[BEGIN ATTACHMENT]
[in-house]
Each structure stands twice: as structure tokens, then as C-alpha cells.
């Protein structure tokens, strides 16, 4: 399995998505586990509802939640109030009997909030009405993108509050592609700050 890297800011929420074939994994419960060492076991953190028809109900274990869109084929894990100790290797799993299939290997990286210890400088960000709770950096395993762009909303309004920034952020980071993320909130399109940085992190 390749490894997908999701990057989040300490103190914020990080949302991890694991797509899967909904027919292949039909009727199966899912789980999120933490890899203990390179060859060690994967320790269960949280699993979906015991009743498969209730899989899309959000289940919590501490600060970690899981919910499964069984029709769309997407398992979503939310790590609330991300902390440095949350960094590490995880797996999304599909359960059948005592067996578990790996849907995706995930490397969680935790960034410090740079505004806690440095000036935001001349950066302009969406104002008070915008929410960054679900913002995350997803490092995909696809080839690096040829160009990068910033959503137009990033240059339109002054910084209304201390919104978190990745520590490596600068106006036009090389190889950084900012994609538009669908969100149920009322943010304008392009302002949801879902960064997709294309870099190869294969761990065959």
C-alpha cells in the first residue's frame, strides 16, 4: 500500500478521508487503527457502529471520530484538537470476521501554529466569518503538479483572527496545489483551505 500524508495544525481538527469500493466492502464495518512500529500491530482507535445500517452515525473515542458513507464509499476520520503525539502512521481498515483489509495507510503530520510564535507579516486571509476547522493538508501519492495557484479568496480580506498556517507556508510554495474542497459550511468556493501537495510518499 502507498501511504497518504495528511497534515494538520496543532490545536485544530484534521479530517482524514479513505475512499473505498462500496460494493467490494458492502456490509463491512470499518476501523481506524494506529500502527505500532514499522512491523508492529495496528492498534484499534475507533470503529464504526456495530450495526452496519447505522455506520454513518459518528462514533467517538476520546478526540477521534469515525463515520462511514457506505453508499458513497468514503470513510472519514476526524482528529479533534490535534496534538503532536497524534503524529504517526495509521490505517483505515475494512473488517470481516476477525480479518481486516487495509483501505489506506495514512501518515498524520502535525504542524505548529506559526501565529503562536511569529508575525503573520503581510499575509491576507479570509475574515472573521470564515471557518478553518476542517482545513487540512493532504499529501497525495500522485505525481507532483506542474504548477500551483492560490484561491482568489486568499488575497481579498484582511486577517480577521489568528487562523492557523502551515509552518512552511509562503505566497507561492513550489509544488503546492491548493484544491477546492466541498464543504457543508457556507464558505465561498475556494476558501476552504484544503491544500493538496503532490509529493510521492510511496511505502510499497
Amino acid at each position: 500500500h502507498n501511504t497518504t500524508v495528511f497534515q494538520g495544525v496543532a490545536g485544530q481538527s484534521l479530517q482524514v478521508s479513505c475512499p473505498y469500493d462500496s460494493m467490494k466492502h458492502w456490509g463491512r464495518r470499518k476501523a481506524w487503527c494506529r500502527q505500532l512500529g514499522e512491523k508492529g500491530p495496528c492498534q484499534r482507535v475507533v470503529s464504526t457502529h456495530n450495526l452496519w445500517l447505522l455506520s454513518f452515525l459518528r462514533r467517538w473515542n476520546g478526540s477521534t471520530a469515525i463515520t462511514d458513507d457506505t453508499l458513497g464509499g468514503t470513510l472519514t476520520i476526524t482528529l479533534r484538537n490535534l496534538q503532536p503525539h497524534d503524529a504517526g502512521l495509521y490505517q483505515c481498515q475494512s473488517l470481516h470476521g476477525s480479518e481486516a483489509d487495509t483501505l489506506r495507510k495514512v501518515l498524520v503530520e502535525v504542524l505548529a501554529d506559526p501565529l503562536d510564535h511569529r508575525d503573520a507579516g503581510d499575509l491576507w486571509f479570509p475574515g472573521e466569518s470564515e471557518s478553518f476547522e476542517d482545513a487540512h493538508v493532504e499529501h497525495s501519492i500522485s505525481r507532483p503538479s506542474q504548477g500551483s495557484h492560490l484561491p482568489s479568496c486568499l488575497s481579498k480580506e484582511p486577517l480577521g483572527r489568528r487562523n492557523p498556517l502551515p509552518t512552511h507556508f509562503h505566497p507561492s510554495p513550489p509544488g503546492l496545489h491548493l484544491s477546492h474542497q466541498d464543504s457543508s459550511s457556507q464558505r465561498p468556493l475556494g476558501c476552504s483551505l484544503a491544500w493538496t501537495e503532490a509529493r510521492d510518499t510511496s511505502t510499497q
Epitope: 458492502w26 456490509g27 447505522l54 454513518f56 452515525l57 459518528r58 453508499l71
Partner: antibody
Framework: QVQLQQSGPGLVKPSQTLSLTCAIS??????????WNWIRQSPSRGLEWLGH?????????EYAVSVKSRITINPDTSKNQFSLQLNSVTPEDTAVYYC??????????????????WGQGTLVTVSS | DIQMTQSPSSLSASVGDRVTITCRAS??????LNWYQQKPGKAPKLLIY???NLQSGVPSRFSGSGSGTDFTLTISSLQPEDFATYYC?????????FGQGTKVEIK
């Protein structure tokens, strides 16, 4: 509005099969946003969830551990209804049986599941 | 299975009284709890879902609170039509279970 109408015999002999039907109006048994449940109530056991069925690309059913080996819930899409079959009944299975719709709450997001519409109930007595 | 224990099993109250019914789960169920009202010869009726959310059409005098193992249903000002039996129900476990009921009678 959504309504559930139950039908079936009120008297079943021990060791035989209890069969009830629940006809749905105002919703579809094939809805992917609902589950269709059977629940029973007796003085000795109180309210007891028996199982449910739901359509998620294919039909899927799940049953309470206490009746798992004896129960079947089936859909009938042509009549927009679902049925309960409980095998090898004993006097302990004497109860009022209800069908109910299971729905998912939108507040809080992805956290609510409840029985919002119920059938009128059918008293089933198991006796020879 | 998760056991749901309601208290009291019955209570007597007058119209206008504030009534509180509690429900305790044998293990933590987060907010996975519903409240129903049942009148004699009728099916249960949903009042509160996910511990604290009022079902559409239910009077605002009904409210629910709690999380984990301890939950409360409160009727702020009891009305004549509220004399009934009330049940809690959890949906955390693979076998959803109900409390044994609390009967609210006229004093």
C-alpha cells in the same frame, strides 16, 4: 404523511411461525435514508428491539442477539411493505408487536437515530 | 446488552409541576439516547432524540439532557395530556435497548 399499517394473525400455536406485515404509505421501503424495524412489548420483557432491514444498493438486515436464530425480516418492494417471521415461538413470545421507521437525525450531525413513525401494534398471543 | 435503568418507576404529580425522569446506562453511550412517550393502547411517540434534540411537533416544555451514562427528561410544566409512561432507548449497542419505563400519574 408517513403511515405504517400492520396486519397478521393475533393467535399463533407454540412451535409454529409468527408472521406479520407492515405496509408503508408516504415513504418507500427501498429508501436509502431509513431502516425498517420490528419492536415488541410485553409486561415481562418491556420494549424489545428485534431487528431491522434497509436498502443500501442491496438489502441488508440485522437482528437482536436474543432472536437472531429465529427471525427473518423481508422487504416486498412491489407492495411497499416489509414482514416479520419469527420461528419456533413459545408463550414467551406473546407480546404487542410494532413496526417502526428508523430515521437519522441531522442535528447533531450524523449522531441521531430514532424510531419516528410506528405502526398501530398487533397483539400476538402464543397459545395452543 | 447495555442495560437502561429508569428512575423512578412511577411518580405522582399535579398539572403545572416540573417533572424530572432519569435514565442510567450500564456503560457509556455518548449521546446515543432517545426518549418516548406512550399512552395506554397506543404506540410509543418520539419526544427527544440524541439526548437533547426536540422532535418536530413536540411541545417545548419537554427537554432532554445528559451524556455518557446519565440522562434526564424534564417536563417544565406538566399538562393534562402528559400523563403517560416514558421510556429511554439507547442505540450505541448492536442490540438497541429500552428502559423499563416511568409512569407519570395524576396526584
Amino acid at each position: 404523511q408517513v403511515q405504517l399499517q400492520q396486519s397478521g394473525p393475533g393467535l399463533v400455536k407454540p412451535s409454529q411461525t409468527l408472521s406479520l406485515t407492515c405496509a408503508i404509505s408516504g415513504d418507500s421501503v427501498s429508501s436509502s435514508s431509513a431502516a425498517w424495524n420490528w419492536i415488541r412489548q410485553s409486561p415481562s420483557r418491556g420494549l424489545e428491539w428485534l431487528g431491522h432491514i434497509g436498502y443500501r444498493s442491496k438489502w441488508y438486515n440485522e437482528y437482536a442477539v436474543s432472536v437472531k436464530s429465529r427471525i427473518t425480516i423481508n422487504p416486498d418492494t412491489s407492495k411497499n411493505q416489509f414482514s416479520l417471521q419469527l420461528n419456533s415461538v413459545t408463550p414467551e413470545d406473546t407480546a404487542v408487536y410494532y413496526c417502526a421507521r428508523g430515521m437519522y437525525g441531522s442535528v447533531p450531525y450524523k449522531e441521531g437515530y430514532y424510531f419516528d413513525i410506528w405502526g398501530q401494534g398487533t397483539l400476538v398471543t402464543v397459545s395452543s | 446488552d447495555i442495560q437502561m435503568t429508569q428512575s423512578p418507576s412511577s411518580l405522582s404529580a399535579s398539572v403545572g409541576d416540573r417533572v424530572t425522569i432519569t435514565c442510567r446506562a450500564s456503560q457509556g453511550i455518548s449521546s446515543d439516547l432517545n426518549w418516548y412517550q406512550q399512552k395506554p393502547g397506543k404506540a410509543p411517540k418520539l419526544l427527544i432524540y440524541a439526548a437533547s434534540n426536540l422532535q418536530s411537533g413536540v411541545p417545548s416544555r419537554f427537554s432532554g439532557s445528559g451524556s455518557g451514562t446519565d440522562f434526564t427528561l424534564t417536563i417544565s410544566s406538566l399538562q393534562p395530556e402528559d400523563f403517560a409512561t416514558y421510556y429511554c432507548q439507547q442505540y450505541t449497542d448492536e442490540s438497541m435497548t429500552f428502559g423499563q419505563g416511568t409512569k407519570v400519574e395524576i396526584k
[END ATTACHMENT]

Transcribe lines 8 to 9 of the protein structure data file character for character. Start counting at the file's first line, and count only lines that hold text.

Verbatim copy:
Framework: QVQLQQSGPGLVKPSQTLSLTCAIS??????????WNWIRQSPSRGLEWLGH?????????EYAVSVKSRITINPDTSKNQFSLQLNSVTPEDTAVYYC??????????????????WGQGTLVTVSS | DIQMTQSPSSLSASVGDRVTITCRAS??????LNWYQQKPGKAPKLLIY???NLQSGVPSRFSGSGSGTDFTLTISSLQPEDFATYYC?????????FGQGTKVEIK
């Protein structure tokens, strides 16, 4: 509005099969946003969830551990209804049986599941 | 299975009284709890879902609170039509279970 109408015999002999039907109006048994449940109530056991069925690309059913080996819930899409079959009944299975719709709450997001519409109930007595 | 224990099993109250019914789960169920009202010869009726959310059409005098193992249903000002039996129900476990009921009678 959504309504559930139950039908079936009120008297079943021990060791035989209890069969009830629940006809749905105002919703579809094939809805992917609902589950269709059977629940029973007796003085000795109180309210007891028996199982449910739901359509998620294919039909899927799940049953309470206490009746798992004896129960079947089936859909009938042509009549927009679902049925309960409980095998090898004993006097302990004497109860009022209800069908109910299971729905998912939108507040809080992805956290609510409840029985919002119920059938009128059918008293089933198991006796020879 | 998760056991749901309601208290009291019955209570007597007058119209206008504030009534509180509690429900305790044998293990933590987060907010996975519903409240129903049942009148004699009728099916249960949903009042509160996910511990604290009022079902559409239910009077605002009904409210629910709690999380984990301890939950409360409160009727702020009891009305004549509220004399009934009330049940809690959890949906955390693979076998959803109900409390044994609390009967609210006229004093």